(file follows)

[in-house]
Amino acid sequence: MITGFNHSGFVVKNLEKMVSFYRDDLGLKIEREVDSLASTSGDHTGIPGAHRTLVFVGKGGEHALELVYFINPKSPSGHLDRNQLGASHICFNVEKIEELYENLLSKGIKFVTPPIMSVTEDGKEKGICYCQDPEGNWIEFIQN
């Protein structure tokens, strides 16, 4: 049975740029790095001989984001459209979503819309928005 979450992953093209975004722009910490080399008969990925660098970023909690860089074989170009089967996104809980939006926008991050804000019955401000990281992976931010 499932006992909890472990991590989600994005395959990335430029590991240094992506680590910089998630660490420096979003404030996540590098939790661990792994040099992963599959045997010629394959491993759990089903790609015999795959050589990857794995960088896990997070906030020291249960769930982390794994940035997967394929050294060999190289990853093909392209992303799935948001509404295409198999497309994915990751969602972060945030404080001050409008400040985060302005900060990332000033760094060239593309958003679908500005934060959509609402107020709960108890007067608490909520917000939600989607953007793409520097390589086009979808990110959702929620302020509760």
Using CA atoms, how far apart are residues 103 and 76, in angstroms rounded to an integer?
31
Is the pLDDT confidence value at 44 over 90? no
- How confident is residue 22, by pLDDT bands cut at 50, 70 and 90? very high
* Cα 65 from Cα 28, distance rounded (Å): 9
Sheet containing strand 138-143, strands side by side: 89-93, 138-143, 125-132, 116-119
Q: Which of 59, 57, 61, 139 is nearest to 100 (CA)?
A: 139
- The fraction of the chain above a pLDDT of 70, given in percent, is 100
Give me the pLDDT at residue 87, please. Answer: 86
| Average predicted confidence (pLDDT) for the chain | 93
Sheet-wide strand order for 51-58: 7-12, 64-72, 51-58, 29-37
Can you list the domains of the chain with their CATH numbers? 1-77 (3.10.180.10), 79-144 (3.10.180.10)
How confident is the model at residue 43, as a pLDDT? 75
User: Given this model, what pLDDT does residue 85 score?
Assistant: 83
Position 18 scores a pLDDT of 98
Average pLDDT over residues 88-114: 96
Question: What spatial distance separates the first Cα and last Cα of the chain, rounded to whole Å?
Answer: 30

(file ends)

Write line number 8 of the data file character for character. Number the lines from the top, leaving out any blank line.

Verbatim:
* Cα 65 from Cα 28, distance rounded (Å): 9